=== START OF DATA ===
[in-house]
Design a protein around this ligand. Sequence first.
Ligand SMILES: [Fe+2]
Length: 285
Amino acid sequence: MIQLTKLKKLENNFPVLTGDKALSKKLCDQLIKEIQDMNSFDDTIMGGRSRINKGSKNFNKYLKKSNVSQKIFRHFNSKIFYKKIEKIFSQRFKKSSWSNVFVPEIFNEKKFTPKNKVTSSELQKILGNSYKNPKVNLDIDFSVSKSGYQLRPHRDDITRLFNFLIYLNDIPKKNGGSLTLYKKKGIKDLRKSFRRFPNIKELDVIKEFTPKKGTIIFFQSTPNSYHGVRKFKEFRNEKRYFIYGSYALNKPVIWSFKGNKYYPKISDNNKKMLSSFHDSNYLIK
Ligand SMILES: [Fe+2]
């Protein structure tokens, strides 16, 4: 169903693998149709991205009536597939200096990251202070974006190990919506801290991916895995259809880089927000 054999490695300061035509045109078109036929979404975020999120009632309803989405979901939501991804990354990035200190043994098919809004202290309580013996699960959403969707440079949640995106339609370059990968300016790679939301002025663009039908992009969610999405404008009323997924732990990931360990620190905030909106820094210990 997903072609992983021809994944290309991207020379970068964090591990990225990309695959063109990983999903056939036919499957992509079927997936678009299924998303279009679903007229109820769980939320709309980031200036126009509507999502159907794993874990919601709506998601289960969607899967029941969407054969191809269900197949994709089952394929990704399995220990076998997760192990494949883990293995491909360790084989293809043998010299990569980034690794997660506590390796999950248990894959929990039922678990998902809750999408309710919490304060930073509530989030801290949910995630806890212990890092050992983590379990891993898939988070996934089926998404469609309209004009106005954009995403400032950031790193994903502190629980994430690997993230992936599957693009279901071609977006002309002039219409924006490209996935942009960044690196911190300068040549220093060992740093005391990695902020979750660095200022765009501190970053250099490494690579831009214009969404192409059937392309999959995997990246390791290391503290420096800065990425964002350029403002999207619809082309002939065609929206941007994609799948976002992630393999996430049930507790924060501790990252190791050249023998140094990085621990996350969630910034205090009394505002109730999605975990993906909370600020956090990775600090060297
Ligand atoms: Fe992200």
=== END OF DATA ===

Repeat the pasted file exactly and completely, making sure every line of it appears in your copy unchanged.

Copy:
[in-house]
Design a protein around this ligand. Sequence first.
Ligand SMILES: [Fe+2]
Length: 285
Amino acid sequence: MIQLTKLKKLENNFPVLTGDKALSKKLCDQLIKEIQDMNSFDDTIMGGRSRINKGSKNFNKYLKKSNVSQKIFRHFNSKIFYKKIEKIFSQRFKKSSWSNVFVPEIFNEKKFTPKNKVTSSELQKILGNSYKNPKVNLDIDFSVSKSGYQLRPHRDDITRLFNFLIYLNDIPKKNGGSLTLYKKKGIKDLRKSFRRFPNIKELDVIKEFTPKKGTIIFFQSTPNSYHGVRKFKEFRNEKRYFIYGSYALNKPVIWSFKGNKYYPKISDNNKKMLSSFHDSNYLIK
Ligand SMILES: [Fe+2]
């Protein structure tokens, strides 16, 4: 169903693998149709991205009536597939200096990251202070974006190990919506801290991916895995259809880089927000 054999490695300061035509045109078109036929979404975020999120009632309803989405979901939501991804990354990035200190043994098919809004202290309580013996699960959403969707440079949640995106339609370059990968300016790679939301002025663009039908992009969610999405404008009323997924732990990931360990620190905030909106820094210990 997903072609992983021809994944290309991207020379970068964090591990990225990309695959063109990983999903056939036919499957992509079927997936678009299924998303279009679903007229109820769980939320709309980031200036126009509507999502159907794993874990919601709506998601289960969607899967029941969407054969191809269900197949994709089952394929990704399995220990076998997760192990494949883990293995491909360790084989293809043998010299990569980034690794997660506590390796999950248990894959929990039922678990998902809750999408309710919490304060930073509530989030801290949910995630806890212990890092050992983590379990891993898939988070996934089926998404469609309209004009106005954009995403400032950031790193994903502190629980994430690997993230992936599957693009279901071609977006002309002039219409924006490209996935942009960044690196911190300068040549220093060992740093005391990695902020979750660095200022765009501190970053250099490494690579831009214009969404192409059937392309999959995997990246390791290391503290420096800065990425964002350029403002999207619809082309002939065609929206941007994609799948976002992630393999996430049930507790924060501790990252190791050249023998140094990085621990996350969630910034205090009394505002109730999605975990993906909370600020956090990775600090060297
Ligand atoms: Fe992200």